Bradford describes how The League’s granular filters allow matched users to utilize chats for their intended purpose. “Chats should be used to gauge someone’s personality, rather than as a means of gathering information (Do you live in San Francisco? Are you religious?); questions I was forced to find subtle ways to ask on prior apps. People who don’t live in that city, people looking for a one-night stand, people who are religious and won’t be with people who aren’t religious--we remove all this noise.”

This is done via a preferences page to narrow the scope of your search and optimize the chances of compatibility with your daily matches, offering “looking for” options in sex, age, height, distance, ethnicity, education and religion. “Using filters may give you less daily options but it’s more finely targeted and offers more chance of success; a better chance of people you’ll be compatible with,” explains Bradford.

Users have access to a variety of groups and events to increase the sociability aspect of the app.
Users have access to a variety of groups and events to increase the sociability aspect of the app.

The League requires integration with Facebook as well as LinkedIn, which results in more context for each prospect as users gain access to information like, about me; interests; groups belonged to; events attending; and, of course, educational and professional backgrounds. Although Bradford has been criticized for being “elitist,” she describes the LinkedIn integration as more than a shallow tool, since it provides insight into the ambitions of a professional partner, as well as a personal need for anonymity from your current coworkers. “When I was starting my single era, I was interning at a venture capitalist firm with all male co-workers. I was mortified thinking of one of them screenshotting my dating profile, so, I thought why don’t we use LinkedIn to block coworkers from ever seeing each other.” Similar to the LinkedIn filter, Facebook friends are also blocked to ensure users are only ever matched with people outside their first degree connections.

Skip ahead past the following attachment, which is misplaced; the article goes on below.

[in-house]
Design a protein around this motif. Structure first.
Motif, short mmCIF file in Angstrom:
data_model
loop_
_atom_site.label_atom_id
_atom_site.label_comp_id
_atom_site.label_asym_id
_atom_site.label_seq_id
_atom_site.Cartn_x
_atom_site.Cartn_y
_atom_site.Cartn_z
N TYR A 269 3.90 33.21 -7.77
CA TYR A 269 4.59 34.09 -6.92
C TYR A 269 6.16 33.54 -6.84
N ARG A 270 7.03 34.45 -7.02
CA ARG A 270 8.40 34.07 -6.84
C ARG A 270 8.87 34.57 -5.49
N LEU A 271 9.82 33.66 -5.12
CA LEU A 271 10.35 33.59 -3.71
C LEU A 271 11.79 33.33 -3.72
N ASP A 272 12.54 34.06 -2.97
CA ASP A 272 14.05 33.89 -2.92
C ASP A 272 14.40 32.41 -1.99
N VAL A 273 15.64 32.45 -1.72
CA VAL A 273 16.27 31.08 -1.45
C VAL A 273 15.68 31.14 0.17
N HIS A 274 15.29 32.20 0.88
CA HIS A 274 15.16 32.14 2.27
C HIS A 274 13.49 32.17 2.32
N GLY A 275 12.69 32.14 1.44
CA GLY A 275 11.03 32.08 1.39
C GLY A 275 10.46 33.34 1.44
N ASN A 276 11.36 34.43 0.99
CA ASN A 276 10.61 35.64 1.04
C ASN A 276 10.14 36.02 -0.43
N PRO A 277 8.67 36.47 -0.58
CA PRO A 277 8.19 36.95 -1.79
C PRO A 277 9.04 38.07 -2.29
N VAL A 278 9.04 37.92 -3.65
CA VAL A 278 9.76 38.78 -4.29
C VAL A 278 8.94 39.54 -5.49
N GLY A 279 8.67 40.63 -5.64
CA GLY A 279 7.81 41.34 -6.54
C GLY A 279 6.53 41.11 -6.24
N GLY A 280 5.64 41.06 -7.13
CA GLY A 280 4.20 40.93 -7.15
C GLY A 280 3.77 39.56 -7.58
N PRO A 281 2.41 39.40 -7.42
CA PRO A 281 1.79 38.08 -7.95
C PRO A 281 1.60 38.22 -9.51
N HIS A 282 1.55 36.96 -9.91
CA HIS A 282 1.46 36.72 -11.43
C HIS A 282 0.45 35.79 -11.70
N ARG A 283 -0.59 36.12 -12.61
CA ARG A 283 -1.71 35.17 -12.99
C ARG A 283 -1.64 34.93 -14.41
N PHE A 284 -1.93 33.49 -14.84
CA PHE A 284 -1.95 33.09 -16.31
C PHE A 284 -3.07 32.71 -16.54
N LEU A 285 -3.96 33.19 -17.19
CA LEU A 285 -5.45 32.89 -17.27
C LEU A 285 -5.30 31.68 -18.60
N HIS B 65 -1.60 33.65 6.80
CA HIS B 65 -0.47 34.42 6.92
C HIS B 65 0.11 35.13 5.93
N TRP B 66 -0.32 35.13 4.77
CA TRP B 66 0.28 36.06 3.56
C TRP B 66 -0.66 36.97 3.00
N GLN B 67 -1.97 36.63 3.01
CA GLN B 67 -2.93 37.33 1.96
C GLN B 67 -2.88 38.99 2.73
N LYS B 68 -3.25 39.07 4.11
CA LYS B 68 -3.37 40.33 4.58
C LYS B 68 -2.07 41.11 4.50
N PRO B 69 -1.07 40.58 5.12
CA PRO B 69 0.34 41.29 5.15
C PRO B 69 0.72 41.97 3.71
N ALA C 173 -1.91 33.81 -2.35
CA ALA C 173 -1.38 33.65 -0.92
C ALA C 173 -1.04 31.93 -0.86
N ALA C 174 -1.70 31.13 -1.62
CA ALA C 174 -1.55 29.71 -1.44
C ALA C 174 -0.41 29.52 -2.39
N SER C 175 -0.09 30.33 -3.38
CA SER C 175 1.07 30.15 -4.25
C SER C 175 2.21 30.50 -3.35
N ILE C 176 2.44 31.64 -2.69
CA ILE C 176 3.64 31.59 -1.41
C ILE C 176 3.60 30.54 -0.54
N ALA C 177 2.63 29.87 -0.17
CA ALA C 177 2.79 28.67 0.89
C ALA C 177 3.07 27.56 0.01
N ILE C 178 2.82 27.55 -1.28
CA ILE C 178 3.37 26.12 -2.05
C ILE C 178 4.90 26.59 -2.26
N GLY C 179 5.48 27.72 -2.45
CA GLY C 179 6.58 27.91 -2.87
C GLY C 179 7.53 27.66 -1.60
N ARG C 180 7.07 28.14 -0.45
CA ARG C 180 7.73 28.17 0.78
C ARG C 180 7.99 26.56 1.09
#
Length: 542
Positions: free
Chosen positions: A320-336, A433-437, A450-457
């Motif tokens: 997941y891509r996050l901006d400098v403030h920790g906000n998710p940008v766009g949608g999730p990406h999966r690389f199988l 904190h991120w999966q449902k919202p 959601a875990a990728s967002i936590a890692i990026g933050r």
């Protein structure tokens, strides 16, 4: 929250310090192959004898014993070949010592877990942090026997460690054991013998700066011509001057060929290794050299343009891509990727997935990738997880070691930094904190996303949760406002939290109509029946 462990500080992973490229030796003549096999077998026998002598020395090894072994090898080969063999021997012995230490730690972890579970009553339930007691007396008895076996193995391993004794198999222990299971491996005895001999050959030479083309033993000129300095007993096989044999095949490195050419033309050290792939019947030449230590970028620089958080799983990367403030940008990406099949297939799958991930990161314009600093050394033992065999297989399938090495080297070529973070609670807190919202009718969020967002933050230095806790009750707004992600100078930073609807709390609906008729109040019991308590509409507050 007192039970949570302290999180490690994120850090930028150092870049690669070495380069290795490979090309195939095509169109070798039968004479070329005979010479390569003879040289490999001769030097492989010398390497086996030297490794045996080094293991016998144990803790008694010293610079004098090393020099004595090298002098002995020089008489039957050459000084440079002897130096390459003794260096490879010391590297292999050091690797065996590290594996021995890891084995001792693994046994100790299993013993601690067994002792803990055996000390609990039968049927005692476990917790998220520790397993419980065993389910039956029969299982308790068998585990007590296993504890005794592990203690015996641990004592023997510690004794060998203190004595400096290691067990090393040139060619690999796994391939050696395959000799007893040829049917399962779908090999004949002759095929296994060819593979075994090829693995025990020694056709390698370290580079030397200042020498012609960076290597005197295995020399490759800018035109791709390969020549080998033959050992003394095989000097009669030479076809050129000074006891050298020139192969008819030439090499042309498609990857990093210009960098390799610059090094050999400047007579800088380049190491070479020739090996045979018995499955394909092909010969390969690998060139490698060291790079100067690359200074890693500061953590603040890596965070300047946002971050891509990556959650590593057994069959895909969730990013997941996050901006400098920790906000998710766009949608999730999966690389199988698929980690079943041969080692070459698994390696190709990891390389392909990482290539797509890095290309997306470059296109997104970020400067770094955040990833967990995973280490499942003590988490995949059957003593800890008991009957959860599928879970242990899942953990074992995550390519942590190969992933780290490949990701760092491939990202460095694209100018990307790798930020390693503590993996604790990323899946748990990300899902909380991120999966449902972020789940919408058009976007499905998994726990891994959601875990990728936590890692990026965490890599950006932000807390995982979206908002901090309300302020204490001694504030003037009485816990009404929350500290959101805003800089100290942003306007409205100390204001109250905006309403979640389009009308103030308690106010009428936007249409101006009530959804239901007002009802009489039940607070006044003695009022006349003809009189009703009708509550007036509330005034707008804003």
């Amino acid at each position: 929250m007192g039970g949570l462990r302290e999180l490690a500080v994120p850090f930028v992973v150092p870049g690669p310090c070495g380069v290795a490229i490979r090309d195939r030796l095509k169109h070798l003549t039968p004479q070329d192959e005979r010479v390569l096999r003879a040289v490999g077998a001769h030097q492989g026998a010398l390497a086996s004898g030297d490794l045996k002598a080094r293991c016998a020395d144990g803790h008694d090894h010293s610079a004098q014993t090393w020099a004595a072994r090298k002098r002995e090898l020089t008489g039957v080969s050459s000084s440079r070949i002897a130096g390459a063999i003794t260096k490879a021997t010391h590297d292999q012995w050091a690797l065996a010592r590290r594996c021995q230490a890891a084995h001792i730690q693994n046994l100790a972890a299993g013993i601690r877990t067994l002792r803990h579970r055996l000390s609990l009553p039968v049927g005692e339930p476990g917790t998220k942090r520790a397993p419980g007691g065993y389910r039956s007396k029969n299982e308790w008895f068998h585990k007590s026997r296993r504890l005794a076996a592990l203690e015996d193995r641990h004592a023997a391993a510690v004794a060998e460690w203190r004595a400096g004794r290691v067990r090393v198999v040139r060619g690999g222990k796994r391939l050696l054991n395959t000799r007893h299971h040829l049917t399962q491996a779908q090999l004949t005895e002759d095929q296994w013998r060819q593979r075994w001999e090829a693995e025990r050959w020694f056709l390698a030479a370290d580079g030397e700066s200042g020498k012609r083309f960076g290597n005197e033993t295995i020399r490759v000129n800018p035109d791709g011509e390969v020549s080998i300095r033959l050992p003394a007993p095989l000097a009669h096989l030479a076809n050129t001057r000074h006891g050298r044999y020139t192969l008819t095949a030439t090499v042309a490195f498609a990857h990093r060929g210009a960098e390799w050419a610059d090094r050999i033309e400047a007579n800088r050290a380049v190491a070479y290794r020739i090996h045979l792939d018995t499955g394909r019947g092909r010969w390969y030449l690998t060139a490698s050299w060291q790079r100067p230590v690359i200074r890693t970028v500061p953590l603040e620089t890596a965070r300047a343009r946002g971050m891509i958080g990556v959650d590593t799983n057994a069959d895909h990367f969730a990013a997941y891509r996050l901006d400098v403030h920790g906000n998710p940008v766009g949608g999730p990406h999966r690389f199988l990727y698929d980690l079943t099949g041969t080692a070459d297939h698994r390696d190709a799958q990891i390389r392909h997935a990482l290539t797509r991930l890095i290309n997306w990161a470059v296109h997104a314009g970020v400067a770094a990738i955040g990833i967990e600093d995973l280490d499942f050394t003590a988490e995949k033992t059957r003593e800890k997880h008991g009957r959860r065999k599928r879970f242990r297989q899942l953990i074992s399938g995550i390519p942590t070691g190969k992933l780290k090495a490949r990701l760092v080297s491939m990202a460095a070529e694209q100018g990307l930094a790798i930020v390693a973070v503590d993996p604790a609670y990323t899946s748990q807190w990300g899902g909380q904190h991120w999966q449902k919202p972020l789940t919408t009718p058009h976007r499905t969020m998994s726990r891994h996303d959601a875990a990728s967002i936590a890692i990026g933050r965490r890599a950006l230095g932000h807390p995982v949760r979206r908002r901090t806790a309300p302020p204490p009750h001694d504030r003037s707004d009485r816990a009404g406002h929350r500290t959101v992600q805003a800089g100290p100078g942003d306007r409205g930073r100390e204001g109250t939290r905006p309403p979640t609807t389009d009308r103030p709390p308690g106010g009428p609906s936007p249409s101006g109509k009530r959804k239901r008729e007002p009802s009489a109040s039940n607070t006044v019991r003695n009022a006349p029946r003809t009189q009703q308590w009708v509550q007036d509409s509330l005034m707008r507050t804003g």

Now, with thousands of users across six cities, Bradford is on her way to creating a League community, something that goes beyond the standard dating app culture, by introducing groups that cover interests, physical activity and events, as well as allowing “not single” users the ability to join. “I wanted to make sure we could still be a tool for users even after they met. I want to age with our users, so as they go into a relationship, get engaged, have their first child, we support and enable them to succeed in their partnership.”

Founder, Amanda Bradford, at The League Launch Party.
Founder, Amanda Bradford, at The League Launch Party.

Discussing Bradford’s personal experience with The League, highlights of the app and her opinion on dating apps and dating standards:

As a user yourself, do you disclose your position in the app or are you incognito?

When I first launched, I kept my former job at Google in my profile but I felt like I was being misleading and going against the very transparency that The League is all about, so I changed it back. My whole philosophy on dating is to show all your cards early--the good qualities, the bad qualities; that’s how you pick the right person. As much as you can disclose on your profile the better. It’s interesting because now I get much more funny openers from people.